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Courtesy of SM Entertainment

SHINee’s Key on sci-fi, military service, and Bowie

With his 80s synth-pop influenced Bad Love out now, the K-pop idol is pushing to new creative heights

Making SHINee’s Key (Kim Ki-bum) laugh heartily, where he puts his whole chest into it, feels like an achievement. Not because he’s lacking in humour or manners – attentive to the finer details of his schedule, he greets me by name before I’ve introduced myself – but because Key, who gives you, whether you’re a bandmate, fan or journalist, a genuine reaction or nothing at all, panders to no one. 

It’s not often you get to discuss the finer points of constantly being on camera with one of K-pop’s greats. But Key finds himself catching his expression on camera and thinking he looks the opposite of how he’s actually feeling. “Sometimes my face just turns out miserably.” He contorts his features into that of Melpomene’s tragic mask, amusing himself. “When I watch that again, it’s embarrassing.” Is the social affliction of what’s known as ‘resting bitch face’ something that Key and I, randomly, share? He doubles over laughing. “That’s just me being me!”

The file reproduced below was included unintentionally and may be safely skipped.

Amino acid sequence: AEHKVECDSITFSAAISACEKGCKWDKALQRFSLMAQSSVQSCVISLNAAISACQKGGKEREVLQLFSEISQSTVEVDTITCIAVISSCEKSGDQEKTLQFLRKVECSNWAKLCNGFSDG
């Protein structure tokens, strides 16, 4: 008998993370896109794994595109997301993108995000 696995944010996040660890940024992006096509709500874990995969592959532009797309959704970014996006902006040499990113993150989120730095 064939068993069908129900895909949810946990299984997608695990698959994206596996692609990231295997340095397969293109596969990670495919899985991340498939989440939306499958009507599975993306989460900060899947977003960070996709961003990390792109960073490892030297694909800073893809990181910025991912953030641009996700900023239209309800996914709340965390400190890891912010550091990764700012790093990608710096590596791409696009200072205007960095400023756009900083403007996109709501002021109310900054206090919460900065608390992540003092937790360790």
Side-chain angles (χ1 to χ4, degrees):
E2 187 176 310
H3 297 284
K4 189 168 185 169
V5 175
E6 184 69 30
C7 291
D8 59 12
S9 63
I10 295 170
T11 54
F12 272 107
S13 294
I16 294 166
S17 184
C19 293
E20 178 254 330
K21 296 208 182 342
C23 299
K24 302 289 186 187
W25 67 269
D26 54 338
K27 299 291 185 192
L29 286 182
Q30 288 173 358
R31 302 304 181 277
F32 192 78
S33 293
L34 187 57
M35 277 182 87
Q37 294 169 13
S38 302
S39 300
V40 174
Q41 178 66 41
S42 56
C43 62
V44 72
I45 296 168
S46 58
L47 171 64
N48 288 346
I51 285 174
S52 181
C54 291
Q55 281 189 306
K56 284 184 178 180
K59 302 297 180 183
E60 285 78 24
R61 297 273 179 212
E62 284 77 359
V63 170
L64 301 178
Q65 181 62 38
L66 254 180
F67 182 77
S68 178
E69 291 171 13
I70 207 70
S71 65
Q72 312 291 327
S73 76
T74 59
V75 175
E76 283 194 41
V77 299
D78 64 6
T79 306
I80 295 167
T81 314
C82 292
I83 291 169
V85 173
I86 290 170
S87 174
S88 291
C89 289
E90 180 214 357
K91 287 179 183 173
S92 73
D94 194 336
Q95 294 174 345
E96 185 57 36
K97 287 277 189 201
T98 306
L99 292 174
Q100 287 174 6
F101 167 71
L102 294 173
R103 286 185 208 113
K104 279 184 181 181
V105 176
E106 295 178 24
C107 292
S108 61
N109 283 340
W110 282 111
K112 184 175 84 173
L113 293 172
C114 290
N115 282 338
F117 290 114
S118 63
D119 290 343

Sipping an iced americano while carefully tucking strands of bleached hair behind his ears, Key is only ever unfailingly straightforward, a careful listener who replies in English but reverts to his native tongue when he needs to elaborate. A member of the innovative and iconic idol group SHINee, who debuted in 2008, he’s also become one of K-pop’s unwitting elder statesmen at a mere 30 years-old, to which he murmurs,“Oh, that’s good to hear”, with a delivery so dry it could double as kindling. There’s nothing Key hasn’t seen first-hand or navigated through – from the rise and fall of K-pop groups big and small to the Hallyu Wave (the general term given to the overseas popularity of South Korean entertainment) rising in the west, and the ever-increasing speed and turnover of the industry he grew up in – but that he’s still in demand somehow frequently surprises him.

“I’m thankful that people love me this much today,” says Key. “With SHINee activities, I’ve had a lot of success, but now I’m able to focus more on my personal career and what I want to achieve in various aspects of music and TV appearances. I think the public still finds me to be new and interesting and different to other acts so I think there’s a long road ahead of me” – he pauses, laughs – “but also a lot more I can showcase”.

Key’s new six-track mini-album Bad Love comes three years after his excellent solo debut album Face, and it’s his biggest statement yet. If the latter was sophisticated and ever so delicately restrained, then Bad Love is unapologetic and unshackled, smearing its eyeliner with the back of a fist on a red neon-lit dancefloor. Like his debut, it’s awash with synth-pop, but now he’s swapping clean and cool textures for the sweaty, darker sounds of the 80s. “I’ve always been fascinated by the whole old-school sound. I don’t necessarily follow trends but the world happens to also be going back in time and revisiting those 70s, 80s, and 90s trends.”